- Child Sexual Abuse: When a child is used for the sexual gratification of an older adolescent or adult. It also involves the abuse of power that an adult has over a child.
- Adult Survivor: An individual who was sexually abused as a child.
This abuse may have had long-term effects on the survivor’s life.
In most instances, the victim of the abuse never discussed the abuse with others while it was occurring.
This individual may be learning now, as an adult, to deal with the effects of the abuse.
The term “survivor” is used, instead of the term “victim,” because the individual has survived the childhood sexual abuse. This term is used to recognize the strengths of the individual who has survived.
Common Long-Term Effects
- Feelings of low self-esteem or self-hatred
- Anxiety disorders
- Isolation from others
- Difficulty trusting others
- Confusion between sex and affection
- Frequent sleep disturbances and nightmares – abuse often occurred in their own bedrooms and beds.
- Difficulty trusting – they were betrayed by the very people in their lives who cared for them and who insisted they loved them even while abusing them.
- Re-victimization – the process whereby women who were sexually abused as children frequently find themselves in abusive, dangerous situations or relationships as adults. Diane E.H. Russell found in her study in 1986, that there is a strong relationship between incestuous abuse and later experiences of sexual assault and partner abuse.
- Self-mutilation – a way of relieving unbearable anxiety triggered by memories or can also be a way of dealing with and confronting strong, painful emotions, “using new pain to hide old pain.”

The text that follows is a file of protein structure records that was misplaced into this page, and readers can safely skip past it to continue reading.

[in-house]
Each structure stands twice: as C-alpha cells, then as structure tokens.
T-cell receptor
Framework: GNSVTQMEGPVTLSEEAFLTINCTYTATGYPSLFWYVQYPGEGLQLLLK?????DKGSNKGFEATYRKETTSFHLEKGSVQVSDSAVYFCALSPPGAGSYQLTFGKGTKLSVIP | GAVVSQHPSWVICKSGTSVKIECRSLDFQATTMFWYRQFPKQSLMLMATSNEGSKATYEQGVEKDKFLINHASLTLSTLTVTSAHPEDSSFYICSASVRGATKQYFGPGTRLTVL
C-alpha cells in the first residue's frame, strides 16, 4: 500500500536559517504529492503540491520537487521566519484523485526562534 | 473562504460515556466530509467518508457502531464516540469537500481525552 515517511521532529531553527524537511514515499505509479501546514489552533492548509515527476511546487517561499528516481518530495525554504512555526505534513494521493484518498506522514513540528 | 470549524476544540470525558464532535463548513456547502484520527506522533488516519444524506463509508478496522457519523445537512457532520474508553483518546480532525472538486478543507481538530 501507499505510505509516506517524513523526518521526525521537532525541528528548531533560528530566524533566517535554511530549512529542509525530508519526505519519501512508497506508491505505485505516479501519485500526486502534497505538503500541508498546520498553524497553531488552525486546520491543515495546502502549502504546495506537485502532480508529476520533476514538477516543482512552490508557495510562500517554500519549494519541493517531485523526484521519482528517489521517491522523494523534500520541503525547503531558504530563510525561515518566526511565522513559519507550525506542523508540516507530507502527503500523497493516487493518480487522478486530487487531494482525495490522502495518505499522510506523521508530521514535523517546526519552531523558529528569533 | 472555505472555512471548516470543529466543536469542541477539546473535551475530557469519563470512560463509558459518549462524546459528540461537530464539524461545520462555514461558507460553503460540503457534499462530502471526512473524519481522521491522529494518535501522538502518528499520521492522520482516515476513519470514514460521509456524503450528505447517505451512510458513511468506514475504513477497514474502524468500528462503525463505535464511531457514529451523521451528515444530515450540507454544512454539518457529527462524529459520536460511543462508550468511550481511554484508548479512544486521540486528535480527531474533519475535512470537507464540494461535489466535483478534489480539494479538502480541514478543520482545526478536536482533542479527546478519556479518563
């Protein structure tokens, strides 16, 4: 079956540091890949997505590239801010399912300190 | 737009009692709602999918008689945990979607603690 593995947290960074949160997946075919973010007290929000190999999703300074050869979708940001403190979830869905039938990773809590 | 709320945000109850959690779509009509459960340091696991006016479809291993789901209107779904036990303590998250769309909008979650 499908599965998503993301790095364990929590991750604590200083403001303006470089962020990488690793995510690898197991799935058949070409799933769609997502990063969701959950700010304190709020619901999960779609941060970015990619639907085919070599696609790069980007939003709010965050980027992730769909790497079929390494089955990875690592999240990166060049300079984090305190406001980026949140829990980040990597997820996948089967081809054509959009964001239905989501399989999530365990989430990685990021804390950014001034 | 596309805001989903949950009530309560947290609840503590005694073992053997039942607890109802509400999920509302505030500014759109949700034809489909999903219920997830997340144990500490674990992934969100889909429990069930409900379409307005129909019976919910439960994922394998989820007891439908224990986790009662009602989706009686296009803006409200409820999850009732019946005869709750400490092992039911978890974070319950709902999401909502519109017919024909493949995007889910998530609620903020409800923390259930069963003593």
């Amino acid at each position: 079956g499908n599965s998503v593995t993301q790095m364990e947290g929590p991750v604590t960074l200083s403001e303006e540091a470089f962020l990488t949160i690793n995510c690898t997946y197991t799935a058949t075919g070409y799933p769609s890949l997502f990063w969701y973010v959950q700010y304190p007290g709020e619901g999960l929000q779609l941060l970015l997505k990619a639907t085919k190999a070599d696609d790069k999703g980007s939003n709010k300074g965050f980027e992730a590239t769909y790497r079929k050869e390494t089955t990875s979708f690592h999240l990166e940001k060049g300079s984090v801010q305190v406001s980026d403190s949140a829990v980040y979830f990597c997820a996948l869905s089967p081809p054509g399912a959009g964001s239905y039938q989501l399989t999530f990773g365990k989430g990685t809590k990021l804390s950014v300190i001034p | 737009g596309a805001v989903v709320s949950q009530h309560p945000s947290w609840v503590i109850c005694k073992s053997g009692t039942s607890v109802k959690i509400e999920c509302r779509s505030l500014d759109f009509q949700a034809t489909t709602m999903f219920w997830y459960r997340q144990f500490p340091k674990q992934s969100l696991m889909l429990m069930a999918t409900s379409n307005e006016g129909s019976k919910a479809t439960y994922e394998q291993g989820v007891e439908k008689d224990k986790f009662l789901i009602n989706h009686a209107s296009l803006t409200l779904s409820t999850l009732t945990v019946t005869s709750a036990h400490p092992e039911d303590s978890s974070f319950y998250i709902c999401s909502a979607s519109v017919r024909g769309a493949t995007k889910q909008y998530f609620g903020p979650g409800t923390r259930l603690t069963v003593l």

- Eating Disorders – anorexia nervosa, bulimia. They feel out of control over their bodies, and this is a way of gaining back control.
- Increase of drug and alcohol abuse – way of coping with painful feelings. A way to numb their pain.
- Flashbacks – the survivor during a “flashback” re-experiences the sexual abuse as if it were occurring at that moment. It is usually accompanied by visual images, or flashes of images, of the abuse. This is one of the ways of remembering the abuse. Flashbacks are often triggered by an event, action, or even a smell that is reminiscent of the sexual abuse or the abuser.
- Dissociation- refers to the ability to escape stressful or harmful situations by creating another place for the mind to go. The intense pain of sexual abuse creates a situation where the victim may try to dissociate from her body as a way of coping. It can be described a type of daydreaming, a need to find a place for the mind (and ultimately one’s self) to hide while being sexually abused.
- Multiple Personality Disorder – 98% of persons with multiple personality disorder experienced sexual abuse in their childhood. This disorder is described as the process of dividing one’s self up into many different parts to handle the many painful experiences of the past.